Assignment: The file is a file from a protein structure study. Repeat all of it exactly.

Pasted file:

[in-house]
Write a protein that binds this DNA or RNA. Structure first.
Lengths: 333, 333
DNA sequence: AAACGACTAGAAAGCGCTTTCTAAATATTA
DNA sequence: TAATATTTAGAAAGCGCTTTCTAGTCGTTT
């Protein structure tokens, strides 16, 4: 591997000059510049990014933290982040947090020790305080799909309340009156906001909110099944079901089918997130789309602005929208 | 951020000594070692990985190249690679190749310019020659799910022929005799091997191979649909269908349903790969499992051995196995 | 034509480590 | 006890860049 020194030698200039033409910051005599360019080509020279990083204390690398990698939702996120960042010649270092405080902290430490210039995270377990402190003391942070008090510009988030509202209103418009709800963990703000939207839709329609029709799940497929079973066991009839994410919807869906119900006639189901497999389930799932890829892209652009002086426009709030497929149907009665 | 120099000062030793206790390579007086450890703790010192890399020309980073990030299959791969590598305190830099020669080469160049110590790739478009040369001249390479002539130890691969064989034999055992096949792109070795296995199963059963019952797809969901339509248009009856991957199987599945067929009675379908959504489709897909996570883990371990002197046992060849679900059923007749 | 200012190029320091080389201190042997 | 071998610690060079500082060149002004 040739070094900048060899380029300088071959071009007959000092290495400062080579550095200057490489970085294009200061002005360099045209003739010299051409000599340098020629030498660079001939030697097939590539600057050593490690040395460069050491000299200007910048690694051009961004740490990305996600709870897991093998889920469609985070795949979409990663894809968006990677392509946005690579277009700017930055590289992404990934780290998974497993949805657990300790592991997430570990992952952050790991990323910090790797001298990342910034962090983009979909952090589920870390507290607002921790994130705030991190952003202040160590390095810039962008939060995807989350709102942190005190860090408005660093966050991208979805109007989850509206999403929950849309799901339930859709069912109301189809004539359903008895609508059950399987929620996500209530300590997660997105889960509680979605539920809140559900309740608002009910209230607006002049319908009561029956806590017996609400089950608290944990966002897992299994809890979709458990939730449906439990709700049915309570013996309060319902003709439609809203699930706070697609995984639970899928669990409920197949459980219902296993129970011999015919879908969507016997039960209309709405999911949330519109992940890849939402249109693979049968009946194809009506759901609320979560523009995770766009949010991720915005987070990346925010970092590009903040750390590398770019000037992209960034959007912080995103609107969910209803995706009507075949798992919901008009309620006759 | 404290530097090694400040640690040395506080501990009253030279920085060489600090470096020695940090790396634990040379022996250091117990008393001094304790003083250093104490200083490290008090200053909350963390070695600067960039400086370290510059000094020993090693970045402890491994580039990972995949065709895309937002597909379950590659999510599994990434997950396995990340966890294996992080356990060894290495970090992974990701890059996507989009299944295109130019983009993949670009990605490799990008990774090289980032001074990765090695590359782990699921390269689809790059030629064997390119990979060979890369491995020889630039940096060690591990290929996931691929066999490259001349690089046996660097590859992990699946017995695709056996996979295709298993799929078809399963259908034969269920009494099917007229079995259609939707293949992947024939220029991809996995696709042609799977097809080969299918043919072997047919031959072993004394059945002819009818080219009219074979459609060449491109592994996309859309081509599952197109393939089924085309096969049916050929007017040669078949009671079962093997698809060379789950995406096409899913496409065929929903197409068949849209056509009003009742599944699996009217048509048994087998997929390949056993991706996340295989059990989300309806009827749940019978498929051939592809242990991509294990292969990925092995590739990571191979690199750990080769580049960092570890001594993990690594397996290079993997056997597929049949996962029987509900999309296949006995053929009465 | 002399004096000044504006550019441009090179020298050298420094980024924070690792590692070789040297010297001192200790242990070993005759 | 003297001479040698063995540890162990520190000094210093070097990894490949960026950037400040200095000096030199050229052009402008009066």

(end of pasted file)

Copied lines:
[in-house]
Write a protein that binds this DNA or RNA. Structure first.
Lengths: 333, 333
DNA sequence: AAACGACTAGAAAGCGCTTTCTAAATATTA
DNA sequence: TAATATTTAGAAAGCGCTTTCTAGTCGTTT
């Protein structure tokens, strides 16, 4: 591997000059510049990014933290982040947090020790305080799909309340009156906001909110099944079901089918997130789309602005929208 | 951020000594070692990985190249690679190749310019020659799910022929005799091997191979649909269908349903790969499992051995196995 | 034509480590 | 006890860049 020194030698200039033409910051005599360019080509020279990083204390690398990698939702996120960042010649270092405080902290430490210039995270377990402190003391942070008090510009988030509202209103418009709800963990703000939207839709329609029709799940497929079973066991009839994410919807869906119900006639189901497999389930799932890829892209652009002086426009709030497929149907009665 | 120099000062030793206790390579007086450890703790010192890399020309980073990030299959791969590598305190830099020669080469160049110590790739478009040369001249390479002539130890691969064989034999055992096949792109070795296995199963059963019952797809969901339509248009009856991957199987599945067929009675379908959504489709897909996570883990371990002197046992060849679900059923007749 | 200012190029320091080389201190042997 | 071998610690060079500082060149002004 040739070094900048060899380029300088071959071009007959000092290495400062080579550095200057490489970085294009200061002005360099045209003739010299051409000599340098020629030498660079001939030697097939590539600057050593490690040395460069050491000299200007910048690694051009961004740490990305996600709870897991093998889920469609985070795949979409990663894809968006990677392509946005690579277009700017930055590289992404990934780290998974497993949805657990300790592991997430570990992952952050790991990323910090790797001298990342910034962090983009979909952090589920870390507290607002921790994130705030991190952003202040160590390095810039962008939060995807989350709102942190005190860090408005660093966050991208979805109007989850509206999403929950849309799901339930859709069912109301189809004539359903008895609508059950399987929620996500209530300590997660997105889960509680979605539920809140559900309740608002009910209230607006002049319908009561029956806590017996609400089950608290944990966002897992299994809890979709458990939730449906439990709700049915309570013996309060319902003709439609809203699930706070697609995984639970899928669990409920197949459980219902296993129970011999015919879908969507016997039960209309709405999911949330519109992940890849939402249109693979049968009946194809009506759901609320979560523009995770766009949010991720915005987070990346925010970092590009903040750390590398770019000037992209960034959007912080995103609107969910209803995706009507075949798992919901008009309620006759 | 404290530097090694400040640690040395506080501990009253030279920085060489600090470096020695940090790396634990040379022996250091117990008393001094304790003083250093104490200083490290008090200053909350963390070695600067960039400086370290510059000094020993090693970045402890491994580039990972995949065709895309937002597909379950590659999510599994990434997950396995990340966890294996992080356990060894290495970090992974990701890059996507989009299944295109130019983009993949670009990605490799990008990774090289980032001074990765090695590359782990699921390269689809790059030629064997390119990979060979890369491995020889630039940096060690591990290929996931691929066999490259001349690089046996660097590859992990699946017995695709056996996979295709298993799929078809399963259908034969269920009494099917007229079995259609939707293949992947024939220029991809996995696709042609799977097809080969299918043919072997047919031959072993004394059945002819009818080219009219074979459609060449491109592994996309859309081509599952197109393939089924085309096969049916050929007017040669078949009671079962093997698809060379789950995406096409899913496409065929929903197409068949849209056509009003009742599944699996009217048509048994087998997929390949056993991706996340295989059990989300309806009827749940019978498929051939592809242990991509294990292969990925092995590739990571191979690199750990080769580049960092570890001594993990690594397996290079993997056997597929049949996962029987509900999309296949006995053929009465 | 002399004096000044504006550019441009090179020298050298420094980024924070690792590692070789040297010297001192200790242990070993005759 | 003297001479040698063995540890162990520190000094210093070097990894490949960026950037400040200095000096030199050229052009402008009066």